Apple workers at a store in Maryland are the first in the U.S. to vote to join a union.
About two-thirds of the workers at the Towson, Maryland, store voted to join the union.
Apple employees at a store in the Baltimore area have voted to join a union. This makes it the first of the company’s more than 270 stores in the U.S. to join a trend of labor organizing that is sweeping through stores, restaurants, and tech companies.
The National Labor Relations Board announced the result on Saturday. It gives Apple retail workers who want a bigger say in how much they get paid and how Covid-19 works a place to start. Union leaders say that in the past few months, employees at more than two dozen Apple stores have shown interest in joining a union.
In the election, 65 employees at the Apple store in Towson, Maryland, voted for the union, which is called the Apple Coalition of Organized Retail Employees, and 33 voted against it. It will be part of the International Association of Machinists and Aerospace Workers, an industrial trade union that represents more than 300,000 workers.
Robert Martinez Jr., president of IAM International, said in a statement, “I applaud the courage shown by CORE members at the Apple store in Towson, which led to this historic victory.” “They gave up a lot for the thousands of Apple employees all over the country who were keeping a close eye on this election.”
Tyra Reeder, a technical specialist who has worked at the Towson store for a little over six months, said she was “elated” with the result and hoped that a union would help improve workers’ compensation, stabilize the store’s schedule, which has been thrown off by recent Covid-19 cases, and make it easier for workers to move up in the company.
“We love our jobs. Ms. Reeder said, “All we want is for them to do better.”
Apple’s plan to stop unions by saying it pays more than most retailers and gives a lot of benefits, like health care and stock grants, was hurt by the decision. Last month, it raised the starting hourly wage for retail workers from $20 to $22. It also put out a video of Deirdre O’Brien, who is in charge of Apple retail, warning employees that joining a union could hurt the company’s business.
Apple didn’t want to say anything.
Before the union vote, employees in Towson said in a video that Apple’s anti-union campaign there was “nasty” and that management told workers that unions used to keep Black people from joining. Ms. O’Brien stopped by the store a few weeks before the vote to thank everyone for their hard work.
Employees said that soon after that, their managers started encouraging them to talk about their problems in meetings and help come up with solutions. They also started to pull workers into one-on-one meetings with managers, where the cost of union dues was brought up, said Eric Brown, a Towson worker who was involved in the union drive.
This month, workers at an Apple store in Atlanta decided not to hold an election because support for the union had waned after Apple raised wages and emphasized the benefits it offered. The union organizers in Atlanta have filed a formal complaint with the National Labor Relations Board, saying that Apple made workers attend meetings where anti-union messages were played. The board hasn’t decided yet whether or not the charge is true.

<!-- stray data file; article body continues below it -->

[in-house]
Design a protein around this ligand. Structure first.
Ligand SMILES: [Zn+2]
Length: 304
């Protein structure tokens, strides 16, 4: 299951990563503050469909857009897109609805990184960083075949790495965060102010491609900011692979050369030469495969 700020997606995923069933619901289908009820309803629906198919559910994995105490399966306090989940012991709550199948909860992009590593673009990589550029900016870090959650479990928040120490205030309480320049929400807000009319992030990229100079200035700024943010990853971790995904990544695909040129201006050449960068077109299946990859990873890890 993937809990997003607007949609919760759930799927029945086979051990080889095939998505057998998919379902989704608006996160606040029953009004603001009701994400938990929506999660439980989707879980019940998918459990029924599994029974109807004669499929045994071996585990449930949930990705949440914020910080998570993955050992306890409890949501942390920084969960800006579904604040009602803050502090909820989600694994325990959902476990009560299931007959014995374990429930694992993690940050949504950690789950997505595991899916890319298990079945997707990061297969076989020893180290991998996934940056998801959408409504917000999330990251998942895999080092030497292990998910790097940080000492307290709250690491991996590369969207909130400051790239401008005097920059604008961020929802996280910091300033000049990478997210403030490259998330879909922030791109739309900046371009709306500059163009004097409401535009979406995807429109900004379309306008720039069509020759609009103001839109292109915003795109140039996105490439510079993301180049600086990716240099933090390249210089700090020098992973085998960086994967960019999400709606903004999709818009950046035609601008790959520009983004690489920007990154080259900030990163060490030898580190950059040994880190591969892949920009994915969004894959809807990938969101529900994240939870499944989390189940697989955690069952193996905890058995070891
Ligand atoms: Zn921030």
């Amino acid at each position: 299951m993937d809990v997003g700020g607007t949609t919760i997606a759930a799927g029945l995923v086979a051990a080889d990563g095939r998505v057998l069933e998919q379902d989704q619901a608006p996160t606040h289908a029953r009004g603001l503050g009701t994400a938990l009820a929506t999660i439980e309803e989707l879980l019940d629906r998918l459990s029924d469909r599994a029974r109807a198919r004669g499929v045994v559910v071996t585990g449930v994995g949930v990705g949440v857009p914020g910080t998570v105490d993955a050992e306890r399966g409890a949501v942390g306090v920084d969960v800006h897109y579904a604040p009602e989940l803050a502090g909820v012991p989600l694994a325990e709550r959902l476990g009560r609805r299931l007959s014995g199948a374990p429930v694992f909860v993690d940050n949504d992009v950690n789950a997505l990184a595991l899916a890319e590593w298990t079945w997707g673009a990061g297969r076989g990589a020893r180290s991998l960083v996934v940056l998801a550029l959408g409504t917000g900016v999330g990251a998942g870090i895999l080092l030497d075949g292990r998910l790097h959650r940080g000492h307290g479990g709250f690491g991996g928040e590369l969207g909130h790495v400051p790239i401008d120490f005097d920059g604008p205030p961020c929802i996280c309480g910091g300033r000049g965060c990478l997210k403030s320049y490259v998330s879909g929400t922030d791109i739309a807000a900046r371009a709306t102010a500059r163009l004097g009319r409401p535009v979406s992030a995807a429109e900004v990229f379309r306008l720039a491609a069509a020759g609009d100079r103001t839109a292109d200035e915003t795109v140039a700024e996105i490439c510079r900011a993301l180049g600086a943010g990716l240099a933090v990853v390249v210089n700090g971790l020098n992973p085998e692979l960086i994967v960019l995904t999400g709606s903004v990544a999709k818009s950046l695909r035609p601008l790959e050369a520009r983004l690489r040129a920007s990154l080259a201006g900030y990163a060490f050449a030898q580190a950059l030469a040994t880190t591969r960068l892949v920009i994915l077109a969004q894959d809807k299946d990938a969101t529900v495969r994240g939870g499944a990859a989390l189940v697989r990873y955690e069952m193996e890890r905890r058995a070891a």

Ms. Reeder said that workers in Atlanta had helped union supporters in the Towson store learn how to counter the company’s talking points. “The Atlanta store gave us a little taste of what was to come,” she said, referring to the company’s suggestion that employees could lose some benefits if they joined a union and negotiated a new contract.
“Most of us have to agree for that to happen,” Ms. Reeder said. “I don’t think any of us would agree to give up something we really care about and that helps us.”
At Starbucks, one of the places where organizers have made the most progress, employees said that a vote to organize at a store in Buffalo helped get other stores to file for union elections. The National Labor Relations Board says that since that vote in December, more than 150 of the company’s 9,000 corporate-owned stores in the U.S. have voted to join a union.
People who worked at stores that later joined unions talked to people who worked in Buffalo to find out how to handle the process.
William Gould, a law professor at Stanford University and the author of “For Labor to Build Upon: Wars, Depression, and Pandemic,” said that when workers in other places win, it gives them hope and courage. “Many are watching to see if workers can succeed. Will they join forces? If the answer is yes, it will make other workers more likely to take steps toward collective bargaining.
Whether or not the campaign spreads to other stores could make or break the workers’ chances of getting a contract. Union supporters at Starbucks have said that the fact that they keep winning elections around the country gives them a lot of power over the company.
Amazon workers who helped form a union at a warehouse in Staten Island in April said they would benefit if more warehouses did the same. The company is going to the labor board to try to change the result of that vote. Since there is only one official unionized location in the U.S., the company can use its resources to fight against the union there.
Apple workers are also organizing at the store in New York’s Grand Central Terminal and at a store in Louisville, Kentucky. Before they ask for an election, these stores are building support. The people who put on the election in Atlanta have said that they want to do it again in the future.